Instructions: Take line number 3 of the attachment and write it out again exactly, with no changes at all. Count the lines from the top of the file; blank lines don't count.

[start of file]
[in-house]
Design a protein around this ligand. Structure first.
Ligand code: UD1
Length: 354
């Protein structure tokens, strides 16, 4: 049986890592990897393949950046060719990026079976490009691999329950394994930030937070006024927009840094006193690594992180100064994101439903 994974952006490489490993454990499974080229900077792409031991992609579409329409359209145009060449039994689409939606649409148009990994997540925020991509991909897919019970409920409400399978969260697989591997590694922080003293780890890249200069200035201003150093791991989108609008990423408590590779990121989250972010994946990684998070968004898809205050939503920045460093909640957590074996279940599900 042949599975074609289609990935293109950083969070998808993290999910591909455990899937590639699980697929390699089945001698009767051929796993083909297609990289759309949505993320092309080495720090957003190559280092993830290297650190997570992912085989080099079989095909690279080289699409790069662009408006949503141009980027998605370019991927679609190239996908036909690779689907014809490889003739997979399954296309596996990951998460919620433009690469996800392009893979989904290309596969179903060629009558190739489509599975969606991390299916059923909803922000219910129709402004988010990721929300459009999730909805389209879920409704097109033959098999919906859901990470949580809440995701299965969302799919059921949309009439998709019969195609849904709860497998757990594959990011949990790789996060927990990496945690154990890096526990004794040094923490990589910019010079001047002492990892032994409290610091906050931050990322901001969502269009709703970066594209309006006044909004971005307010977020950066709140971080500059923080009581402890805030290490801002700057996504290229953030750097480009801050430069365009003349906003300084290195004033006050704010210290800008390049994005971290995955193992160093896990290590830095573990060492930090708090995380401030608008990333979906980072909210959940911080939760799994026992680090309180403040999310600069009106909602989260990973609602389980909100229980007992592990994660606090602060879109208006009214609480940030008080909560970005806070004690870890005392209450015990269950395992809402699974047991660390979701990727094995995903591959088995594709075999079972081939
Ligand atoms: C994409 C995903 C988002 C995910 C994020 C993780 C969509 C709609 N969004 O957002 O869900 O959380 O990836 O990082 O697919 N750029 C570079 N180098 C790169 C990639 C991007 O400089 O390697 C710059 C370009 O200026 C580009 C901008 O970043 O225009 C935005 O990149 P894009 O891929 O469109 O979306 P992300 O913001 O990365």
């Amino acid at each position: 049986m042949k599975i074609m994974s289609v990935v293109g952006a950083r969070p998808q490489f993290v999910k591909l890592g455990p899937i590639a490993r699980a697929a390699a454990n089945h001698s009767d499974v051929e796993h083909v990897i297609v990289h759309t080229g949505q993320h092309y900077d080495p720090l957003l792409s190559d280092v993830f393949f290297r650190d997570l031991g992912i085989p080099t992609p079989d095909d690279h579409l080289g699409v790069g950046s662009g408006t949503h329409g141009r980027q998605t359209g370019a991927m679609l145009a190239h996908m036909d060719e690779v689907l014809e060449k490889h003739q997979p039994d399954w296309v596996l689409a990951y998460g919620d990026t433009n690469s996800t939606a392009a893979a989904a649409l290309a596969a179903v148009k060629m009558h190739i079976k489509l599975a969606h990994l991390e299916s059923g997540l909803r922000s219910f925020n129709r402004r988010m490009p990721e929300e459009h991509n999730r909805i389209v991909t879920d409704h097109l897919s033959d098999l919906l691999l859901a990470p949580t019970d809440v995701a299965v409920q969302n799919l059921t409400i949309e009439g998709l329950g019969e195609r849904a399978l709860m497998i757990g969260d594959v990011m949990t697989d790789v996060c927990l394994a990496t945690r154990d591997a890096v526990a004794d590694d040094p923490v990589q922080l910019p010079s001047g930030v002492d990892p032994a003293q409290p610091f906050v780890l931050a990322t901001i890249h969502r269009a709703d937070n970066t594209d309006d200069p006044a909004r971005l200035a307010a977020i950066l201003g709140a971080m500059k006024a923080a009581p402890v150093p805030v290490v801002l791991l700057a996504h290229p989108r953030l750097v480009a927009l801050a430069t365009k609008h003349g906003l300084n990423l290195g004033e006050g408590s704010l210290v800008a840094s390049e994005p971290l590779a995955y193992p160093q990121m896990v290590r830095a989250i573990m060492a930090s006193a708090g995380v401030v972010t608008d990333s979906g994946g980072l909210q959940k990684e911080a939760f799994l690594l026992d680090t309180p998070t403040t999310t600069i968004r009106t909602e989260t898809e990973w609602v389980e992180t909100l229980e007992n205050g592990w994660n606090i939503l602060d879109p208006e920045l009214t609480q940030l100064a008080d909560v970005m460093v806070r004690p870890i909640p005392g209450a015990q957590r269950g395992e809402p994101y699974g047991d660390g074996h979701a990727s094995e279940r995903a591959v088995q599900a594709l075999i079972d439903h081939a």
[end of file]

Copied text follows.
Ligand code: UD1